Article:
A 2006 Fortune magazine article described Bill Miller as “one of the greatest investors of our time.”
At the time, the US$20 billion mutual fund that Miller managed had outperformed the S&P 500 for 15 straight years, a feat never before accomplished. If there was such a thing as an investment genius, it seemed like Miller was it.
Unfortunately for those who invested in Miller’s fund in 2006, it lost over 30 percent over the next five years. During that period, fund research firm Morningstar ranked Miller’s fund dead last among the 1,187 similar U.S. equity funds it tracked.
Did Miller change his investment strategy in 2006? No. For both the winning streak and the losing streak, Miller used the same strategy of focusing on stocks from a few large companies. Maybe Miller somehow lost his skill, or a key analyst left his team? Or perhaps the markets somehow changed?
Those things didn’t change. But what did change was Miller’s luck. It’s possible that both his success and his failure were due to luck, both good and bad.
Miller’s story points out an underlying truth about successful investing…
The thin line between good luck and skill
Let’s say that there’s a tournament to determine “the world’s greatest coin flippers”. 50,000 people from all over Asia are invited to a stadium. Everyone flips a coin at the same time.
After each coin flip, those who flip “tails” must leave, until the only people left in the stadium have flipped 10 consecutive heads. Basic statistics suggests that we could expect about 50 coin flippers to remain at the end of the contest.
Why? The odds of flipping heads 10 times in a row are (1/2)10 = 1/1024. So around one out of every 1,000 coin flippers would be left in the stadium.
On the back of their success, these 50 “skilled” coin flippers get millions of “likes” on Facebook. Their Twitter accounts blow up. Those with the best smile and social media skills will write bestselling eBooks about coin flipping. They’ll teach seminars for thousands of dollars a day about how to become a world-class coin flipper.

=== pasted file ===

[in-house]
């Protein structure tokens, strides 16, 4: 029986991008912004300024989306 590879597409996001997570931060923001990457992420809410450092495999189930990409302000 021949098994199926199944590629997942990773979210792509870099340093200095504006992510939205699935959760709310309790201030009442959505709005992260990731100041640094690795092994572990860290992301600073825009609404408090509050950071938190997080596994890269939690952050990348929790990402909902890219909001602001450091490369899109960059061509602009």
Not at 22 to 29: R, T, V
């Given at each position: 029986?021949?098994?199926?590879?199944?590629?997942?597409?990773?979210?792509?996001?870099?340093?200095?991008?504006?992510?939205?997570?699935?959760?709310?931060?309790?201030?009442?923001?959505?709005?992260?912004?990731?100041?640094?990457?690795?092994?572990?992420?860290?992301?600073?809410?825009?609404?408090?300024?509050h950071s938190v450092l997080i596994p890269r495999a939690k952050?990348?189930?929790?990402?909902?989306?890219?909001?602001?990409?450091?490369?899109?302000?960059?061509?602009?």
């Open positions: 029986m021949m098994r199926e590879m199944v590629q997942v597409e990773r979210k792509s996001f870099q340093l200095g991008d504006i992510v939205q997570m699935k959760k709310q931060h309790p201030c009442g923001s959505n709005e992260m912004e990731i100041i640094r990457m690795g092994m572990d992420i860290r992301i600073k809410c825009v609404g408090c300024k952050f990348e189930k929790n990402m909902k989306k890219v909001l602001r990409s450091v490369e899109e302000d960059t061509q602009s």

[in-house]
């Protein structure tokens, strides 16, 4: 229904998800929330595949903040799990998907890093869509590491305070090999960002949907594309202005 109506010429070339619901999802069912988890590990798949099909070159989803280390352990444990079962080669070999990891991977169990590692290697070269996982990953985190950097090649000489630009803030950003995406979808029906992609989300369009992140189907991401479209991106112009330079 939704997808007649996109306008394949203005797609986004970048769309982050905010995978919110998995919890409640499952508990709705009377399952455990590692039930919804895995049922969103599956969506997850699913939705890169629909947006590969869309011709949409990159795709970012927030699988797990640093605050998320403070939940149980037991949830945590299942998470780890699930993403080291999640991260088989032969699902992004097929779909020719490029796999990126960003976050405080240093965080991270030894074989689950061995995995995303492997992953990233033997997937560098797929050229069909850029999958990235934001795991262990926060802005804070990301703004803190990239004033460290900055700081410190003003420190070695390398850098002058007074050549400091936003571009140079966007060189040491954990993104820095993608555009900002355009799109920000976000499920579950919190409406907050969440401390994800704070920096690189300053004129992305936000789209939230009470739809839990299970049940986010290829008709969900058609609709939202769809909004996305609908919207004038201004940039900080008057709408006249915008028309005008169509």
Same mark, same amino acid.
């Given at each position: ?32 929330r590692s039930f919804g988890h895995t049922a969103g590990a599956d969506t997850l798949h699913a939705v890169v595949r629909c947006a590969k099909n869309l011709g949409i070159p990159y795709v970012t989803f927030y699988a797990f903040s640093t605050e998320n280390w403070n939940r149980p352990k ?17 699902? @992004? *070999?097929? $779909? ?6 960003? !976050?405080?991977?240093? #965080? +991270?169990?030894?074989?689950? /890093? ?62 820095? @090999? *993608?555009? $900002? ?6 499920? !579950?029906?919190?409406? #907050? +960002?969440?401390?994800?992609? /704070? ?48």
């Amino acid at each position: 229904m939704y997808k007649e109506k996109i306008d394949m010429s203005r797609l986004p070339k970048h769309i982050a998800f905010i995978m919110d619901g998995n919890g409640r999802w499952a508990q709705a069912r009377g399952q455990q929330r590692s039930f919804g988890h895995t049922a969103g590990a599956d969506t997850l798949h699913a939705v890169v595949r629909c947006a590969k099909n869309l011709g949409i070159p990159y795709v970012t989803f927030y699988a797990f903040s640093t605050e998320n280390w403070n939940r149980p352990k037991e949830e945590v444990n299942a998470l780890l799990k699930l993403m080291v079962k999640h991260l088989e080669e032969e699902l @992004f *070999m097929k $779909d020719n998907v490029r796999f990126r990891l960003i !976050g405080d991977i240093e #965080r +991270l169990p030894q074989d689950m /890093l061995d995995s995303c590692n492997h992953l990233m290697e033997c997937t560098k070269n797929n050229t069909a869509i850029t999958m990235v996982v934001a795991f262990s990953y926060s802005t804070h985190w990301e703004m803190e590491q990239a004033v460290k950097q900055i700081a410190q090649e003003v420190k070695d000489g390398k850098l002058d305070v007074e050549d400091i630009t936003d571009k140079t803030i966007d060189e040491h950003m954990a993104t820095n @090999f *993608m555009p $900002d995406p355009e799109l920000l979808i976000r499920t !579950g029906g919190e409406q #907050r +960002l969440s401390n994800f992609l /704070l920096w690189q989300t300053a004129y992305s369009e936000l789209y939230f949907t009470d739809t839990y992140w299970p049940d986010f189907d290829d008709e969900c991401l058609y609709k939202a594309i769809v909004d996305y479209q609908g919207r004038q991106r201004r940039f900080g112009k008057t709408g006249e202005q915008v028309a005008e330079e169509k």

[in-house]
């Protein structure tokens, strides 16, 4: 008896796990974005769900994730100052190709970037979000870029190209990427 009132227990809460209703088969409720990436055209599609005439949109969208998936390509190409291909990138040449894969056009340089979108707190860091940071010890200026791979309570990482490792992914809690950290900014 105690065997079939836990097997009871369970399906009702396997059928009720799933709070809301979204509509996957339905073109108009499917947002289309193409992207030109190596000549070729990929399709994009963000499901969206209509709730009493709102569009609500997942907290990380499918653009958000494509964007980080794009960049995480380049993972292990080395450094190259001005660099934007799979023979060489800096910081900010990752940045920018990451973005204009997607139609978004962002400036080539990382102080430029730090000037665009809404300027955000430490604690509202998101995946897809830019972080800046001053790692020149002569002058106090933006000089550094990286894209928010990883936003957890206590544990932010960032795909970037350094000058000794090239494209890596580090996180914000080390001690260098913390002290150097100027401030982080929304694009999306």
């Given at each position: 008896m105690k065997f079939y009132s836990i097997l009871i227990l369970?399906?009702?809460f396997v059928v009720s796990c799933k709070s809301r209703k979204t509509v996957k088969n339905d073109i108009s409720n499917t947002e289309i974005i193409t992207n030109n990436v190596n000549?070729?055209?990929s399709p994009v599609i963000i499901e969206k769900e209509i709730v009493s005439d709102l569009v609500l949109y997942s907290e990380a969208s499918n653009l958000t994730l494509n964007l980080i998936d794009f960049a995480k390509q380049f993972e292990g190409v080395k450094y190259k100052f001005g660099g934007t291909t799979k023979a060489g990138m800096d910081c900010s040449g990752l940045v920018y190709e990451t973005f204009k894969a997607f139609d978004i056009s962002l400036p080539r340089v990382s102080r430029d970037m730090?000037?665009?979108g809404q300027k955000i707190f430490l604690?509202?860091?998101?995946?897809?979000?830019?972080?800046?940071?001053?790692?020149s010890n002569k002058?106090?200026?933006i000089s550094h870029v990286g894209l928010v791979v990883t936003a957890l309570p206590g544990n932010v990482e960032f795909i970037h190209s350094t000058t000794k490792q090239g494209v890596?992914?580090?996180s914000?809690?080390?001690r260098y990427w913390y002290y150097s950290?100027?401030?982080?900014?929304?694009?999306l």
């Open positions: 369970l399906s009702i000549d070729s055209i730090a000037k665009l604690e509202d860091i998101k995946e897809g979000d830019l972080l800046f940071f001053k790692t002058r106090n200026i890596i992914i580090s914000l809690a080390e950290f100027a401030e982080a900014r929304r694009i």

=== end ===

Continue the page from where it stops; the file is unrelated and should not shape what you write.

Maybe that’s an absurd example. But often, the performance of money managers is not much different.
Every year, the best performing fund managers are praised, and attract more clients because of their superior returns. Managers who beat the averages for 10, or even 15 years, like Bill Miller did, receive the most glowing accolades, and are hailed as geniuses.
The key is this: If money managers had no special skills, if their performance was entirely random (like the coin flippers), at the end of 10 or 15 years, there would still be a small number of managers with exceptional track records. Statistics say this has to happen. (And Bill Miller happened to be the lucky guy.)
So, even if a select few investment managers have rare skills that lead to amazing performance, it’s impossible to distinguish the skilled from the lucky by analysing performance.
And because it’s so easy to confuse luck with genius, investors tend to pile into top- performing funds. Anyone who understands mean reversion knows that extremely good performance, over any timeframe, tends to be followed by less spectacular results. Performance is mean reverting.
A consequence of confusing genius for luck is that investors tend to think it’s easy to be a successful investor. The ultra-successful, even though they are few, have an outsized effect on us. We believe we can succeed – because they did.
This tendency to base decisions on observed success, while ignoring unobserved failure, is called survivorship bias. Lotteries exploit the survivorship bias to rake in billions of dollars. Lottery ticket buyers are motivated by the stories of the few jackpot winners who become instant millionaires. The millions of ticket buyers who never win receive little attention.
We’re all familiar with the stories of day traders who made millions trading stocks from their living room table or the local Starbucks. These wildly successful traders even publish brokerage statements on their websites, and sell their strategies proclaiming that “you, too, can day-trade your way to riches.” Their success is highly visible, creating a strong impression that short-term trading can make you rich.
Meanwhile, none of the thousands of losing day traders have websites promoting their failures. The losers may have also had great trading plans, and were also aggressive and optimistic. But they were unlucky. It’s just that these numerous losers aren’t around to tell their stories, and nobody really wants to hear their stories anyway. It’s the few survivors we see that influence us.
The world of investing, like most things in life, produces success stories and failures. It’s human nature to wish to copy success. However, an ironic truth is this: To accept success at face value without acknowledging the role of luck is a strategy for failure.
Publisher, Stansberry Pacific Research